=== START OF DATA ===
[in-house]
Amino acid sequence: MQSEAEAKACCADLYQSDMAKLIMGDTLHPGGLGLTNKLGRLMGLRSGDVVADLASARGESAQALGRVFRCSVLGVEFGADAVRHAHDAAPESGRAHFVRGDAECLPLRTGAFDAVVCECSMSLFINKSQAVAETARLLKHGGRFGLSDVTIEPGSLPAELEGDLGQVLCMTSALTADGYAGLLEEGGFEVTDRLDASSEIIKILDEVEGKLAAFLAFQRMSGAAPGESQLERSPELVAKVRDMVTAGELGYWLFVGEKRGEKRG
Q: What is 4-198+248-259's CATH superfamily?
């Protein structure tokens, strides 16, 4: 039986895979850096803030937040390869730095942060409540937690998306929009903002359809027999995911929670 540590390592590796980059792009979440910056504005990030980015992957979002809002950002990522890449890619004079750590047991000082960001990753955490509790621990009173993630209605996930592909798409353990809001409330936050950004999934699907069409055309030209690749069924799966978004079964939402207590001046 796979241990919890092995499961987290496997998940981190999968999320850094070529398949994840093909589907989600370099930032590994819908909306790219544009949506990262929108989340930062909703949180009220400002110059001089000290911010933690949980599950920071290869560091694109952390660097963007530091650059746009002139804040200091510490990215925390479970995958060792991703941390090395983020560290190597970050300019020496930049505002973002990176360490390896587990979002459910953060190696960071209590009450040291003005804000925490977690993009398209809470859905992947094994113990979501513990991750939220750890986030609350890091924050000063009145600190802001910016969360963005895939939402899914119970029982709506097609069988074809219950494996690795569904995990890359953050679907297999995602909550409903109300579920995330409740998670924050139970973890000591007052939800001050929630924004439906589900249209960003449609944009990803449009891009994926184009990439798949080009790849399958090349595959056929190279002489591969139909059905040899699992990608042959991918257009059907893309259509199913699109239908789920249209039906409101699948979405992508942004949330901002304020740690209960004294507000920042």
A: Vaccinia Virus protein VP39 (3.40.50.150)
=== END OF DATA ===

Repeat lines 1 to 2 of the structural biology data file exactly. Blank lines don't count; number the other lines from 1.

[in-house]
Amino acid sequence: MQSEAEAKACCADLYQSDMAKLIMGDTLHPGGLGLTNKLGRLMGLRSGDVVADLASARGESAQALGRVFRCSVLGVEFGADAVRHAHDAAPESGRAHFVRGDAECLPLRTGAFDAVVCECSMSLFINKSQAVAETARLLKHGGRFGLSDVTIEPGSLPAELEGDLGQVLCMTSALTADGYAGLLEEGGFEVTDRLDASSEIIKILDEVEGKLAAFLAFQRMSGAAPGESQLERSPELVAKVRDMVTAGELGYWLFVGEKRGEKRG